reading this BBC article it would appear that unfortunately Islam is still in the stoneage
    Are only just realizing?
    Stories like that have been appearing as long as I can remember.

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    Quote Originally Posted by thegent View Post
    Any worthwhile penal code in a civilised society incorporates three elements:

    1. Punishment which should be proportionate.

    2. To act as a deterrent and protect society.

    3. Redemption through rehabilitation.

    The USA fails on several counts in that periods of incarceration can be absurdly long and their penchant for judicial slaughter renders no.3 redundant since if one is fucking dead then reformation is impossible.

    The European model is perhaps the best on offer in that it avoids pandering to the lumpen blood lust so prevalent among the unsophisticated and just plain stupid as exemplified in this forum and generally the US.
    TheGent, please FFS stop playing silly games with your usual rabid ANTI American stance ,why not go through this thread were you said quite plainly in your earlier post that there is "no difference" between the justice system of America and Saudi , so in my return post I asked you if you could post something comparable that in America people are beheaded for Witchcraft and Sorcery like they have been in Saudi, the silence was fucking deafening to the point of your own imbecilic self denial ,take your liberal left head out of your arse and smell the coffee and not the shit you keep spouting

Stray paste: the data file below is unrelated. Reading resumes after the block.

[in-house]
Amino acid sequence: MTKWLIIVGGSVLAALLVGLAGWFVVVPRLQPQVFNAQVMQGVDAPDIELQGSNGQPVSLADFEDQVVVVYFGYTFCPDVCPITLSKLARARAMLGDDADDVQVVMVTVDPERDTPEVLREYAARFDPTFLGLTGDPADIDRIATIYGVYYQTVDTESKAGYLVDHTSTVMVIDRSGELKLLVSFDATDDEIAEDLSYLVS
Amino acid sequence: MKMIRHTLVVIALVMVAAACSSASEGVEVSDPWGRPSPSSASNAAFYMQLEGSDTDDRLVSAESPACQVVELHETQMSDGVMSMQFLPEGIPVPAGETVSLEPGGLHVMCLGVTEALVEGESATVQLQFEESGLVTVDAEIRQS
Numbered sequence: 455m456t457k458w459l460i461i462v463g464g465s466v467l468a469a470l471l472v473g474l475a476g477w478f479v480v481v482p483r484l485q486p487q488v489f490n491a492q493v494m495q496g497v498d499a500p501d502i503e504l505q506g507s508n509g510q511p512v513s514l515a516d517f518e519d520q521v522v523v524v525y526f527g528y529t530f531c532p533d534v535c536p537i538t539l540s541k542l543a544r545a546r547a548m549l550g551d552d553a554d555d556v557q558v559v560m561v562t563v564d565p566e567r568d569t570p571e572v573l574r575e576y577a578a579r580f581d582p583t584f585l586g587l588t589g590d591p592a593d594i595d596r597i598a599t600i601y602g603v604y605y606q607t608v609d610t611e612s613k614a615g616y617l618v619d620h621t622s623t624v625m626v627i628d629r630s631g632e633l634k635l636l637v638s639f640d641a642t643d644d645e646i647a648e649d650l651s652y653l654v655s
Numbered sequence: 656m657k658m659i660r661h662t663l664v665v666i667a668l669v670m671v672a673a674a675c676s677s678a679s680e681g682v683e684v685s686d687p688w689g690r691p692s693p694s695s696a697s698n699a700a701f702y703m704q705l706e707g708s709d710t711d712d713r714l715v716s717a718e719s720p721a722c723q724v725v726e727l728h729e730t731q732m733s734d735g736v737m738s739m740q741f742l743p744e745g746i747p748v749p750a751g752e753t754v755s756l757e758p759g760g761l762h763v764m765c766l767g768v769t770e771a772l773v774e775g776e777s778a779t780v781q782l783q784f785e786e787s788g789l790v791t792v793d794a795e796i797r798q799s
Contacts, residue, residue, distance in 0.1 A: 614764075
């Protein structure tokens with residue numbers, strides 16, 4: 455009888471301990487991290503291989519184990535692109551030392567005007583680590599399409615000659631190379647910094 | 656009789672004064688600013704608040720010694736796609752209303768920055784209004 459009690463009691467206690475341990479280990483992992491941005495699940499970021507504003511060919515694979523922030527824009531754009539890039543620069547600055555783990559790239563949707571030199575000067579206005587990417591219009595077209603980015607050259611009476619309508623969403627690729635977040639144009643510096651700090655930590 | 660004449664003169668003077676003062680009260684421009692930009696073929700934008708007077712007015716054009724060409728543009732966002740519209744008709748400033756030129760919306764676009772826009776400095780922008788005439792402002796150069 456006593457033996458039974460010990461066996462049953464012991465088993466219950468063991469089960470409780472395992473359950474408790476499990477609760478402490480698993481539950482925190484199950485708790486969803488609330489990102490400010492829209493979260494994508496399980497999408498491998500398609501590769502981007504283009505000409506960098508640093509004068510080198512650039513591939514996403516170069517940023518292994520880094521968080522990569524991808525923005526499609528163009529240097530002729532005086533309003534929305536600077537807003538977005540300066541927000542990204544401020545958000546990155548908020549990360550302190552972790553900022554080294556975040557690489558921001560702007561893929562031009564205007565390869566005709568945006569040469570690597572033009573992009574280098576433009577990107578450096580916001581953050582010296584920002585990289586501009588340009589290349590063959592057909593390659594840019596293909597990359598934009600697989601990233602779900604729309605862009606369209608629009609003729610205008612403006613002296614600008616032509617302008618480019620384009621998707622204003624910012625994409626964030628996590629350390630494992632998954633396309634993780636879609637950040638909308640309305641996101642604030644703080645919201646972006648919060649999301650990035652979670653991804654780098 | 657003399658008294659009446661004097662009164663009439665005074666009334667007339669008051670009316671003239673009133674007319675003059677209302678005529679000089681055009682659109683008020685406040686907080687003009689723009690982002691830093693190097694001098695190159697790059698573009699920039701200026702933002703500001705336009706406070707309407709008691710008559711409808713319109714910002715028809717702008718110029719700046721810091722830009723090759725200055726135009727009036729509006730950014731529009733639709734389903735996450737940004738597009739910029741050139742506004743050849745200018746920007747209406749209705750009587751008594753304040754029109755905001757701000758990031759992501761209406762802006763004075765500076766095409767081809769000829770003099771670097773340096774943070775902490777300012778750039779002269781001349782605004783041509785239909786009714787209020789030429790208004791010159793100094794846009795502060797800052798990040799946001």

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    Quote Originally Posted by Koojo View Post
    Quote Originally Posted by piwanoi View Post
    ^ In another thread one member said maybe the Pope could drag the Catholic Church kicking and screaming into the 17th Century, of course that,s his opinion , however in Dec 2011 a women in Saudi Arabia was beheaded for "witchcraft and Sorcery" reading this BBC article it would appear that unfortunately Islam is still in the stoneage BBC News - Saudi woman executed for 'witchcraft and sorcery'

    reading this BBC article it would appear that unfortunately Islam is still in the stoneage
    Are only just realizing?
    Stories like that have been appearing as long as I can remember.
    Nah Koojo, but thanks for bringing it to mine and others attention, and with respect its been my opinion for quite some time now ,whilst the Wests Justice system is far from perfect by any means as you I and others are aware already ,the sheer savagery of the Islamic "justice" system bears no recognition as far as human rights go ,and yet some, through their twisted anti American mindset state that some how there is no difference ,of which I feel no animosity towards them, only pity .

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    Quote Originally Posted by thegent View Post
    Any worthwhile penal code in a civilised society incorporates three elements:

    1. Punishment which should be proportionate.

    2. To act as a deterrent and protect society.

    3. Redemption through rehabilitation.

    The USA fails on several counts in that periods of incarceration can be absurdly long and their penchant for judicial slaughter renders no.3 redundant since if one is fucking dead then reformation is impossible.

    The European model is perhaps the best on offer in that it avoids pandering to the lumpen blood lust so prevalent among the unsophisticated and just plain stupid as exemplified in this forum and generally the US.
    Simple question Do you call the penal code in Saudi Arabia Civilized?